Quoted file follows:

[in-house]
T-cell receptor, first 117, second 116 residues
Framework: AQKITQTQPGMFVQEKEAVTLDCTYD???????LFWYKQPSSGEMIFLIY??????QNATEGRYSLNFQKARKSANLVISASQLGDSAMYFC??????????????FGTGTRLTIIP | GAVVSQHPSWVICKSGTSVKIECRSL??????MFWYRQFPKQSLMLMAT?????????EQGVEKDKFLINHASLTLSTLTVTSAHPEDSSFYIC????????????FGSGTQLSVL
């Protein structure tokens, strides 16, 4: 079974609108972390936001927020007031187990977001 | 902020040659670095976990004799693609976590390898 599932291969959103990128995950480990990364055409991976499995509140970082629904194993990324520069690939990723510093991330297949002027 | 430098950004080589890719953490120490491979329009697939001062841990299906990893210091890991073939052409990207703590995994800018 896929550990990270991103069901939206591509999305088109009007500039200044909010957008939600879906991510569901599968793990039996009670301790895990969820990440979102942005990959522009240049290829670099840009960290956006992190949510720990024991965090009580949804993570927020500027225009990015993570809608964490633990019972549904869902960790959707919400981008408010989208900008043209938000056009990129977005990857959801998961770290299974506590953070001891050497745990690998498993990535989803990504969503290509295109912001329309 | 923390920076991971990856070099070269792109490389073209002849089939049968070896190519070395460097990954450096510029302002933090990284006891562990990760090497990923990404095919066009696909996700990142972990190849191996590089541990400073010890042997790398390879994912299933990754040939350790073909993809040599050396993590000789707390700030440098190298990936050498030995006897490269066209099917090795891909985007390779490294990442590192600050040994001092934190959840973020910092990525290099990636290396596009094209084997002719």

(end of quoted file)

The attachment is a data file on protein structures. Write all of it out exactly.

[in-house]
T-cell receptor, first 117, second 116 residues
Framework: AQKITQTQPGMFVQEKEAVTLDCTYD???????LFWYKQPSSGEMIFLIY??????QNATEGRYSLNFQKARKSANLVISASQLGDSAMYFC??????????????FGTGTRLTIIP | GAVVSQHPSWVICKSGTSVKIECRSL??????MFWYRQFPKQSLMLMAT?????????EQGVEKDKFLINHASLTLSTLTVTSAHPEDSSFYIC????????????FGSGTQLSVL
């Protein structure tokens, strides 16, 4: 079974609108972390936001927020007031187990977001 | 902020040659670095976990004799693609976590390898 599932291969959103990128995950480990990364055409991976499995509140970082629904194993990324520069690939990723510093991330297949002027 | 430098950004080589890719953490120490491979329009697939001062841990299906990893210091890991073939052409990207703590995994800018 896929550990990270991103069901939206591509999305088109009007500039200044909010957008939600879906991510569901599968793990039996009670301790895990969820990440979102942005990959522009240049290829670099840009960290956006992190949510720990024991965090009580949804993570927020500027225009990015993570809608964490633990019972549904869902960790959707919400981008408010989208900008043209938000056009990129977005990857959801998961770290299974506590953070001891050497745990690998498993990535989803990504969503290509295109912001329309 | 923390920076991971990856070099070269792109490389073209002849089939049968070896190519070395460097990954450096510029302002933090990284006891562990990760090497990923990404095919066009696909996700990142972990190849191996590089541990400073010890042997790398390879994912299933990754040939350790073909993809040599050396993590000789707390700030440098190298990936050498030995006897490269066209099917090795891909985007390779490294990442590192600050040994001092934190959840973020910092990525290099990636290396596009094209084997002719």